When this cultural fad has passed, we will see the re-birth of beautiful masterpieces, today lost through the inevitable ravages of time and negligence. EDP (electronic data processing) technology is available. The technology to transfer the data to the surface to be painted is available (millions of chromatic shades can be reproduced). Data are gathered little by little through works similar to the one performed on the Last Supper in Milan.
What is lacking now is the vision and cultural courage to proceed.
But that will come, and in the not too distant future.

The challenge of the restoration
To give you an idea of the technical challenge of the restoration of the Last Supper and from the human point of view, I will translate the first two pages of the book by Pinin Brambilla Barcilon “Leonardo: L’Ultima Cena” (Electa, Milan, 1999). The book has recently been published in English and can be bought from Amazon for $82 (Australian).
“For centuries the knowledge of the Cenacolo (from Latin “cenaculum” the dining room in ancient Roman houses generally on the first floor of the house) has been suspended between the myth and the mystifying interpretation, amplified by the world resonance of the painting.
Everything, with the deeply innovative and stunning reality of the work, conjured to transfer in time the idea of the original. It is a known history: the truly qualified copies and the copies of the copies have rebuilt or have tried to rebuild the most celebrated composition; writings, essays, witnesses have repeatedly documented the situation of the Cenacolo, as in a dramatic chronology that reported the slow and progressive agony (death) of the masterpiece.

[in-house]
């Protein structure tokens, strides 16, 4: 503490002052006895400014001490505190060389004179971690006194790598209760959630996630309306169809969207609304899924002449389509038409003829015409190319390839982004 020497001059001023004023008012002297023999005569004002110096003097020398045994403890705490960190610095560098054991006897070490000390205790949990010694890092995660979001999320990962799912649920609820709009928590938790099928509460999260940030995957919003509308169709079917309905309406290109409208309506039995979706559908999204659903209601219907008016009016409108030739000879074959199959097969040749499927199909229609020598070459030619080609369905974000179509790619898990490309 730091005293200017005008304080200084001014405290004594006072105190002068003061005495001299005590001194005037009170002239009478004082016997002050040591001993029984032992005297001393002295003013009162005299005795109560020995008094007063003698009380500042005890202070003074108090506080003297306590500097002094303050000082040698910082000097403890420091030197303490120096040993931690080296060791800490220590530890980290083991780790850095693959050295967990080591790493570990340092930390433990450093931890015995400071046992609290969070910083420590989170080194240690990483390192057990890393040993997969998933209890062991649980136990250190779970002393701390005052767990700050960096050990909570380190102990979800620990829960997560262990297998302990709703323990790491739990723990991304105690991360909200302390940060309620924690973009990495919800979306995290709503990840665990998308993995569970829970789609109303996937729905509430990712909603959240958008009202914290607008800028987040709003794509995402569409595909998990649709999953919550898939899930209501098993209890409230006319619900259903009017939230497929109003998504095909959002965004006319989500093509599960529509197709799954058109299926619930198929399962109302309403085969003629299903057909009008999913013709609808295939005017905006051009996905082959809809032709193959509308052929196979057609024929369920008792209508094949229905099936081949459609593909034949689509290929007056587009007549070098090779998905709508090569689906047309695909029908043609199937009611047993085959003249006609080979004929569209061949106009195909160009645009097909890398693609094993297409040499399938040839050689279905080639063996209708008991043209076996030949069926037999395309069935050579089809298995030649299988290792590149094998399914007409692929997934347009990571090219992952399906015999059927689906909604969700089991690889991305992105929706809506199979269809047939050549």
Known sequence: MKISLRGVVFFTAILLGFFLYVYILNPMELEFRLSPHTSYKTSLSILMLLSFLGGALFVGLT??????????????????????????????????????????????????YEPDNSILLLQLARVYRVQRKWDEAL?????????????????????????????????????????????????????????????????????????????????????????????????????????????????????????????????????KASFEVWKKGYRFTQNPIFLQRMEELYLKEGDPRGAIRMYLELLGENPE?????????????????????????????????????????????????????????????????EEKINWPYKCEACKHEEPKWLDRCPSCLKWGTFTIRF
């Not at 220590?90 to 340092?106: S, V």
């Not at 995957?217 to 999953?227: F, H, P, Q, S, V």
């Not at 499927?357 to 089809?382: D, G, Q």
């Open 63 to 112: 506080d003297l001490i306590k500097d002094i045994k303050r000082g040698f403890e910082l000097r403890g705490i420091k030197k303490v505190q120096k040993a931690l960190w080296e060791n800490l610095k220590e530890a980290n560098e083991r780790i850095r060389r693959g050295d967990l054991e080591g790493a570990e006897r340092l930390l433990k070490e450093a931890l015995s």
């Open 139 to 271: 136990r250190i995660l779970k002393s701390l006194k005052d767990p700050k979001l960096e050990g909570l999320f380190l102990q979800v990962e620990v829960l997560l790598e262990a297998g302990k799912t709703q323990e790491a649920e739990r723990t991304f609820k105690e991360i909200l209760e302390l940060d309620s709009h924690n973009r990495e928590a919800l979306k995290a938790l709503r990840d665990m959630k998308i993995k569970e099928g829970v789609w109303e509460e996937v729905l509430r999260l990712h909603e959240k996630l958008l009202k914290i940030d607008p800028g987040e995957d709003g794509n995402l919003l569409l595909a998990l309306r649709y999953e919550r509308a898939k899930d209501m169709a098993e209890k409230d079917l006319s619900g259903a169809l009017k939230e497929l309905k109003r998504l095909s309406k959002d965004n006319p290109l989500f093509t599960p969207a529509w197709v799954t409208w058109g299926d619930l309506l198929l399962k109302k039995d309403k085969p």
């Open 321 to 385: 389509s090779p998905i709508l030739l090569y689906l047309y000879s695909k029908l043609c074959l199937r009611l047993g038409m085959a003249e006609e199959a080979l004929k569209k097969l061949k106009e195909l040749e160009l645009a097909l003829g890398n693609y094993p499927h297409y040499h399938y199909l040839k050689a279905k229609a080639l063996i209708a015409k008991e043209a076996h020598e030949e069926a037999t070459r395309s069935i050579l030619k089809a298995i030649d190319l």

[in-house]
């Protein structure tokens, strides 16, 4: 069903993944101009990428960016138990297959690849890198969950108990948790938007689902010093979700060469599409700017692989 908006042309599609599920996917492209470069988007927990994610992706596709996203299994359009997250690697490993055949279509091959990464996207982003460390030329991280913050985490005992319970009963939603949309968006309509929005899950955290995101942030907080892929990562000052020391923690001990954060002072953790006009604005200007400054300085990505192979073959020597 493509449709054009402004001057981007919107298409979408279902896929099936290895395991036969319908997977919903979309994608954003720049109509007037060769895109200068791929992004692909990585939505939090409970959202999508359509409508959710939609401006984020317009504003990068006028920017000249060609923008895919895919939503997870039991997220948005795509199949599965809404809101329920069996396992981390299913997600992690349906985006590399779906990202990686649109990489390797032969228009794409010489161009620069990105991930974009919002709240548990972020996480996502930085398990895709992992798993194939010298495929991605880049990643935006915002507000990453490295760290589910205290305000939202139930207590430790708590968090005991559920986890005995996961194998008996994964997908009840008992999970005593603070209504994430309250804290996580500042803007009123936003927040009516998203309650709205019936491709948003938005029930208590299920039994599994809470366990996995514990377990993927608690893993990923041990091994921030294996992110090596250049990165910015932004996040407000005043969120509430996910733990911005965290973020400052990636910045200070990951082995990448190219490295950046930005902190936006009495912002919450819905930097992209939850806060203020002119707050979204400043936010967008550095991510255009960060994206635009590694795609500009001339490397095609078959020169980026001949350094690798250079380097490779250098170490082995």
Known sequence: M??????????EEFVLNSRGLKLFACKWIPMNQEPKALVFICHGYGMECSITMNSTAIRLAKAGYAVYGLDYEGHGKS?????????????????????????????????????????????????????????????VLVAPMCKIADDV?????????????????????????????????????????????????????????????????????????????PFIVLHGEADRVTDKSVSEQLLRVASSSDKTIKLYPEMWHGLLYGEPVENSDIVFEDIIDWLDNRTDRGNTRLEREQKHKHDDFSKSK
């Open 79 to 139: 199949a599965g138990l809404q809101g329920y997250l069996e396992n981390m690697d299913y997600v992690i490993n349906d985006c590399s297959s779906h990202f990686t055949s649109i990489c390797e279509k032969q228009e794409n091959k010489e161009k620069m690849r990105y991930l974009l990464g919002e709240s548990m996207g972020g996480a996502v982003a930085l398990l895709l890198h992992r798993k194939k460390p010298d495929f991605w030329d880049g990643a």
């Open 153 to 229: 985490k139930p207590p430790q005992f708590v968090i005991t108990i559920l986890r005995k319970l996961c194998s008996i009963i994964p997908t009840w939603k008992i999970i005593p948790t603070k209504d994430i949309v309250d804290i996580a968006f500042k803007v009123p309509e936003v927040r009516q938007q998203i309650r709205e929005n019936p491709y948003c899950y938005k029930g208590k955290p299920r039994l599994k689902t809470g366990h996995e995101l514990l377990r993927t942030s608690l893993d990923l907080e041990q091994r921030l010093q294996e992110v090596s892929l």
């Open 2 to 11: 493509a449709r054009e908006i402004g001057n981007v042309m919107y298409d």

With Leonardo still living. the painting began its unstoppable decay according to what Vasari wrote in 1566 (“ nothing can be seen if not a glaring blob…”). This sentence also gives us the feeling of the magic light of that “atmospheric breathing” that still emanates from the painted wall and that we keep retrieving in the parts that survived the ruins.

The task and commitment in front of a painting such as the Cenacolo, that miraculously arrived to us with its little certainties and its many mysteries, border often with despair and a feeling of helplessness to get a step closer to the truth of this painter: “…the Lord of all things that can fall into the mind of man…” (Leonardo Trattato della Pittura pag. 9)
Scientific operation on this work is a privilege that implies a severe, steel-like discipline.
The experience has been a new one with each day, captivating, but always solidly contained within the boundaries of careful thoughtfulness, proof and constant consultation.The great “patient” has now been treated for more than twenty years: short terms cannot even be conceived. The work carried out in these years has brought positive results, but also showed us that many parts of the famous painting are irretrievably lost. We are gratified anyway by the many discoveries made during the patient work: the most important of all being the restitution of a precise painted text, carried out with the attention and care essential when painting on a board.
The daily diary of the work in progress supplies a precious data base and unique information, invaluable to all those who are now studying the matter in depth.

Objectives of the restoration
The objectives of the restoration were:
- To find and bring to light any original paint of Leonardo, cleaning the grime and the re-paintings of previous restorers. Where no original colour was detected through careful probing the paint of the restorers had to be left.
- Once the original Leonardo colors were found and freed from any repainting, a visual texture has to be re-constituted to allow readability of the figures and volumes.
- To eliminate condensation and the dynamics that determined it
- To protect and control the environment in order to reduce or eliminate causes of possible future decay (dust, grime, microscopic particulates, spores and fungi)The methods applied
The method applied by Pinin Brambilla Barcilon can be summarized in the following points:
1. Observation: The painting has been observed in detail with microscopes, lenses and special lights to detect whatever information could be detected visually: thicknesses, layers, type of scales etc.
2. Probing and testing: to detect the chemical composition of the layers, pigments, hardness, adhesion, and to ascertain if under the top layers any of the original paint was still in place;
3. Macro-photography: a survey has been made to document the situation prior to the beginning of the last restoration;